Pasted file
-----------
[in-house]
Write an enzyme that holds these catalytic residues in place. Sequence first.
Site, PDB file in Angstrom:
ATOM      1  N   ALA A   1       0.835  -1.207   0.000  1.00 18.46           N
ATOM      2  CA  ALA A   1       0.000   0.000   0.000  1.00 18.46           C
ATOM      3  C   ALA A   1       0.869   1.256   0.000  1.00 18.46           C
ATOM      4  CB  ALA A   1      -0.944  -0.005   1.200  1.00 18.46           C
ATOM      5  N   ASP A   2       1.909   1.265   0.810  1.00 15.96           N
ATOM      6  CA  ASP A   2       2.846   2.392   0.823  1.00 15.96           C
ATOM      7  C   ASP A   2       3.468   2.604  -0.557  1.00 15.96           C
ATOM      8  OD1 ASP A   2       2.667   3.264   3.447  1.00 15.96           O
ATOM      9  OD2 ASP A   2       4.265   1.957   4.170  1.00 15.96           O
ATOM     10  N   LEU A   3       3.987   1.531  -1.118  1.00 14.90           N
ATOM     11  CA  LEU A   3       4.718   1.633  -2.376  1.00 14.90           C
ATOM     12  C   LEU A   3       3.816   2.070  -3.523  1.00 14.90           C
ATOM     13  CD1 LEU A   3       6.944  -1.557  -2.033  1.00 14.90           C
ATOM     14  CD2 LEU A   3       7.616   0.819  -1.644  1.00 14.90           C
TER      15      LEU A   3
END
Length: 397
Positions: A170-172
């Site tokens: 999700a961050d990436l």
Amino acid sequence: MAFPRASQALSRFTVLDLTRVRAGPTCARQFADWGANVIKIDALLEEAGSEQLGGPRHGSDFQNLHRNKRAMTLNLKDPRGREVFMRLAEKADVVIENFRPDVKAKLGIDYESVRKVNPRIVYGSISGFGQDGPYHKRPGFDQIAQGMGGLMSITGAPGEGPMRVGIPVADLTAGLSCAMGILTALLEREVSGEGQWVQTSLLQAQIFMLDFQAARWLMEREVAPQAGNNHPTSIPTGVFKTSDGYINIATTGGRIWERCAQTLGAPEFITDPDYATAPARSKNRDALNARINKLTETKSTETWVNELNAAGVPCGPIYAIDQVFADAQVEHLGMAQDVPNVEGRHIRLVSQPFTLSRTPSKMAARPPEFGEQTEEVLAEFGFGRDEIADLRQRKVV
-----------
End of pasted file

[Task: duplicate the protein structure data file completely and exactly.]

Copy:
[in-house]
Write an enzyme that holds these catalytic residues in place. Sequence first.
Site, PDB file in Angstrom:
ATOM      1  N   ALA A   1       0.835  -1.207   0.000  1.00 18.46           N
ATOM      2  CA  ALA A   1       0.000   0.000   0.000  1.00 18.46           C
ATOM      3  C   ALA A   1       0.869   1.256   0.000  1.00 18.46           C
ATOM      4  CB  ALA A   1      -0.944  -0.005   1.200  1.00 18.46           C
ATOM      5  N   ASP A   2       1.909   1.265   0.810  1.00 15.96           N
ATOM      6  CA  ASP A   2       2.846   2.392   0.823  1.00 15.96           C
ATOM      7  C   ASP A   2       3.468   2.604  -0.557  1.00 15.96           C
ATOM      8  OD1 ASP A   2       2.667   3.264   3.447  1.00 15.96           O
ATOM      9  OD2 ASP A   2       4.265   1.957   4.170  1.00 15.96           O
ATOM     10  N   LEU A   3       3.987   1.531  -1.118  1.00 14.90           N
ATOM     11  CA  LEU A   3       4.718   1.633  -2.376  1.00 14.90           C
ATOM     12  C   LEU A   3       3.816   2.070  -3.523  1.00 14.90           C
ATOM     13  CD1 LEU A   3       6.944  -1.557  -2.033  1.00 14.90           C
ATOM     14  CD2 LEU A   3       7.616   0.819  -1.644  1.00 14.90           C
TER      15      LEU A   3
END
Length: 397
Positions: A170-172
């Site tokens: 999700a961050d990436l």
Amino acid sequence: MAFPRASQALSRFTVLDLTRVRAGPTCARQFADWGANVIKIDALLEEAGSEQLGGPRHGSDFQNLHRNKRAMTLNLKDPRGREVFMRLAEKADVVIENFRPDVKAKLGIDYESVRKVNPRIVYGSISGFGQDGPYHKRPGFDQIAQGMGGLMSITGAPGEGPMRVGIPVADLTAGLSCAMGILTALLEREVSGEGQWVQTSLLQAQIFMLDFQAARWLMEREVAPQAGNNHPTSIPTGVFKTSDGYINIATTGGRIWERCAQTLGAPEFITDPDYATAPARSKNRDALNARINKLTETKSTETWVNELNAAGVPCGPIYAIDQVFADAQVEHLGMAQDVPNVEGRHIRLVSQPFTLSRTPSKMAARPPEFGEQTEEVLAEFGFGRDEIADLRQRKVV